After two years, John Henry Newman was received into the Catholic Church on October 9 1845 by Dominic Barberi, a member of the Congregation of the Passion of Jesus Christ. His conversion came with consequences because he was abandoned by his family and friends, opinion about him in the Oxford Movement was polarized.
In October 1846, John Henry Newman went to Rome and was ordained priest by Cardinal Giacomo Filippo Fransoni. Pope Pius IX awarded him the degree of Doctor of Divinity. In 1847, Newman returned to England as an Oratorian.
He wrote and delivered several public lectures on Protestantism and Catholicism which were compiled into a book. The lectures motivated the Catholics a lot, but also angered Protestants in equal measure.
Pope Pius IX began to restore the Catholic Church in England by creating new Episcopal sees. Cardinal Nicholas Wiseman was appointed as the first Archbishop of Westminster. This triggered again the hostile Anti-Catholicism where Catholic priests were being attacked and the churches vandalized. Saint John Henry Newman encouraged the Catholics to speak up and defend themselves and the Church too.
The Bishops of Ireland requested Newman to go to Dublin in 1854, to become the rector of the newly-established Catholic University of Ireland for four years and then retired. During this time he founded the Literary and Historical Society.
Saint John Henry Newman started to write letters with justifications and explanations for his theological convictions. He fought a very literary and theological war with his opponents.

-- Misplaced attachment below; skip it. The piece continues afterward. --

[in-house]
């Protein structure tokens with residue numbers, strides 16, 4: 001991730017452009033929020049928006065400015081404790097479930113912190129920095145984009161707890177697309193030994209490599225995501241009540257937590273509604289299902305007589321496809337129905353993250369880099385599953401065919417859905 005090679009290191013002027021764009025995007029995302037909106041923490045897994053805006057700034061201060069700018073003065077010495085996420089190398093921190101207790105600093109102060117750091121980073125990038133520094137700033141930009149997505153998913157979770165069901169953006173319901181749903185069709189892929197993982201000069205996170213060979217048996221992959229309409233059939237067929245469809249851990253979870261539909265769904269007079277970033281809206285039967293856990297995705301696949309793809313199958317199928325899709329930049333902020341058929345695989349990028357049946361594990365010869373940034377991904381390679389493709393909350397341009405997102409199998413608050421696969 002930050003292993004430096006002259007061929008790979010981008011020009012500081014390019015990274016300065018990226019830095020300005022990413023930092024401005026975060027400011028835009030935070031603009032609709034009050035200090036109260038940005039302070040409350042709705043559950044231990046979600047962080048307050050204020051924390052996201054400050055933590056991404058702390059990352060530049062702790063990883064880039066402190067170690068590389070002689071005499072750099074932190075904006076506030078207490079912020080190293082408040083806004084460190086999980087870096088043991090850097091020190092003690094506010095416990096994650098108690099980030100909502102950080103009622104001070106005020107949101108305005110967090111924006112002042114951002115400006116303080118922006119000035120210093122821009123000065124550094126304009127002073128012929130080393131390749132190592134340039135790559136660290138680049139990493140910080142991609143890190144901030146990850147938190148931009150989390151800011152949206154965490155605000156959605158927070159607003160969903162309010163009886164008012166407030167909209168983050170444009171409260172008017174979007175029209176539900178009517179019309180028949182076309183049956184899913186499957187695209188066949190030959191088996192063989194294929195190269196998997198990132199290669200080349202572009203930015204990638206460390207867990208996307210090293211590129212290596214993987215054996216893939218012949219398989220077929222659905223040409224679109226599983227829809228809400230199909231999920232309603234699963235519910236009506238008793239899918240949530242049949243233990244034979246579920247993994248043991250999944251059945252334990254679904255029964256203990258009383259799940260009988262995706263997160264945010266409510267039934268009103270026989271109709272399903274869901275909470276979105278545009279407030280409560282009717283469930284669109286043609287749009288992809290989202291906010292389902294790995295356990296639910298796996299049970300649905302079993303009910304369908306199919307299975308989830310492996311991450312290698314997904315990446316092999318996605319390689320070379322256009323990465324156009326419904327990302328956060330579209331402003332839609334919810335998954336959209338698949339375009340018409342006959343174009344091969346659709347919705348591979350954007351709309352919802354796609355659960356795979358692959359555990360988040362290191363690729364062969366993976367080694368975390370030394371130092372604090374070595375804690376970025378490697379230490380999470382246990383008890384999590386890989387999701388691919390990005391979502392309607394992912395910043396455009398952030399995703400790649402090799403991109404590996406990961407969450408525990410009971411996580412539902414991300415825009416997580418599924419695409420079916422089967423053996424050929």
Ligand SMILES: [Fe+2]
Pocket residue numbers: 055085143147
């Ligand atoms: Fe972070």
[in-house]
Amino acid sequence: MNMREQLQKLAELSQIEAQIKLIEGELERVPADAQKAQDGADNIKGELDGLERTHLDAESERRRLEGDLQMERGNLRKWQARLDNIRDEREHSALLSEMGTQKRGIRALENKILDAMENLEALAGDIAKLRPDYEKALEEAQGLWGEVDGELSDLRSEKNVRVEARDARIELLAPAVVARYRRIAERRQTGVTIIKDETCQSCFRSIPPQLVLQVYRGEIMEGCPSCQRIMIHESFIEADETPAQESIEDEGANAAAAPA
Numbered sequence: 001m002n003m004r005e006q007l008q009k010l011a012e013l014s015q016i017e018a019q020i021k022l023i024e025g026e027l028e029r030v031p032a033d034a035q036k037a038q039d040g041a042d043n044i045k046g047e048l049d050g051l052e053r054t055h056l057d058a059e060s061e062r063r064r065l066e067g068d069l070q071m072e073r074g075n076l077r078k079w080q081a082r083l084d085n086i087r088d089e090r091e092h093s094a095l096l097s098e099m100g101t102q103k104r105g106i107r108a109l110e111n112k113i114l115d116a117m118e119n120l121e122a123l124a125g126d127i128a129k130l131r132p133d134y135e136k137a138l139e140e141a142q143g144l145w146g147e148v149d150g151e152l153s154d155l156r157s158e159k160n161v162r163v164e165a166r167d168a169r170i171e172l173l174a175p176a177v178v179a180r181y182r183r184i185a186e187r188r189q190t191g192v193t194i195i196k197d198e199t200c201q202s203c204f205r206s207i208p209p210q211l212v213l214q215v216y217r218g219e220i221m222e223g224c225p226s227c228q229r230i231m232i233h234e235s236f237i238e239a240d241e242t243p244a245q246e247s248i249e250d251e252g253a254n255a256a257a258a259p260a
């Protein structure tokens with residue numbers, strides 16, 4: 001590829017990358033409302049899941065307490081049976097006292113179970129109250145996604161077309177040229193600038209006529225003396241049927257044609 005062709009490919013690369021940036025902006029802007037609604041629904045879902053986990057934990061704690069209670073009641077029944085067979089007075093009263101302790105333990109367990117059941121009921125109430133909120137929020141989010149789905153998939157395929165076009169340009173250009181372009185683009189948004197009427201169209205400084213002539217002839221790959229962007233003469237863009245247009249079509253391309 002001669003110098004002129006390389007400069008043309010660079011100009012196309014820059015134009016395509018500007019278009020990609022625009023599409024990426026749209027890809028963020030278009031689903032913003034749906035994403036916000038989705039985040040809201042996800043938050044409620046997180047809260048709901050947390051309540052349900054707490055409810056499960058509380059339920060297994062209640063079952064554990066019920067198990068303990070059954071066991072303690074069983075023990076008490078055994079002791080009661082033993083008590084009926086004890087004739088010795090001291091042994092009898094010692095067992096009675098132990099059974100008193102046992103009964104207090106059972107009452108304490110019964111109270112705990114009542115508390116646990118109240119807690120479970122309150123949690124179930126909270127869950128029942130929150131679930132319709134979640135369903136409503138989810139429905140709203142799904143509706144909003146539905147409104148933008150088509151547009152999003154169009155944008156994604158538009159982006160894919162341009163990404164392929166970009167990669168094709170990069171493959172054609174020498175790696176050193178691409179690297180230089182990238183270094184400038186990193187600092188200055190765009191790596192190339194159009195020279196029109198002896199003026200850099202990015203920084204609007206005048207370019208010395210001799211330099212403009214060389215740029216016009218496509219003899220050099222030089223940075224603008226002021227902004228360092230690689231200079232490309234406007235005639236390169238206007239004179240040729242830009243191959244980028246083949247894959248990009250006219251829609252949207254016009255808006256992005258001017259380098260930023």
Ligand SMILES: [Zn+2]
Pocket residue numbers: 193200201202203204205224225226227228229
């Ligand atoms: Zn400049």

Saint John Henry Newman believed in a middle way that would respect the rights of revelation as well as the rights of knowledge. This could be seen from his quest to establish a Catholic Universities where it was safe to educate the Catholic youth and where the teachings of the Catholic Church were respected and promoted.
John Henry Newman was made a cardinal on May 12 1879 by Pope Leo XIII even though he had not served as a bishop or in Rome. He reluctantly accepted but under two conditions, that he continues to live in Birmingham and that he is not ordained as a bishop. The pope agreed but assigned Newman to the Deaconry of San Giorgio al Velabro.
Saint John Henry Newman Death
In 1886, Saint John Henry Newman’s health began to deteriorate. He died of pneumonia on August 11 1890 in Birmingham, England, and was buried in the cemetery at Rednal Hill, Birmingham, at the country house of the oratory, alongside Ambrose St John, a fellow convert to Catholicism and an English Oratorian.
Pope John Paul II declared John Henry Newman venerable in 1991. On September 19 2010, at Cofton Park, Birmingham, England, Pope Benedict XVI beatified him after a miracle attributed to his intercession was verified.
Jack Sullivan, an American deacon from Marshfield in Massachusetts recovered from a spinal cord disorder after asking for Newman’s intercession in 2001.
John Henry Newman was canonized on October 13 2019 in St. Peter’s Square, Vatican City by Pope Francis after a second miracle was attributed to him. In November 2018, a pregnant woman suffering from a grave illness was healed after seeking Saint John Henry Newman’s intercessions.
Saint John Henry Newman Feast Day
The optional memorial of Saint John Henry Newman is celebrated on October 9 every year in the Catholic Church. This is the date of his conversion to Catholicism.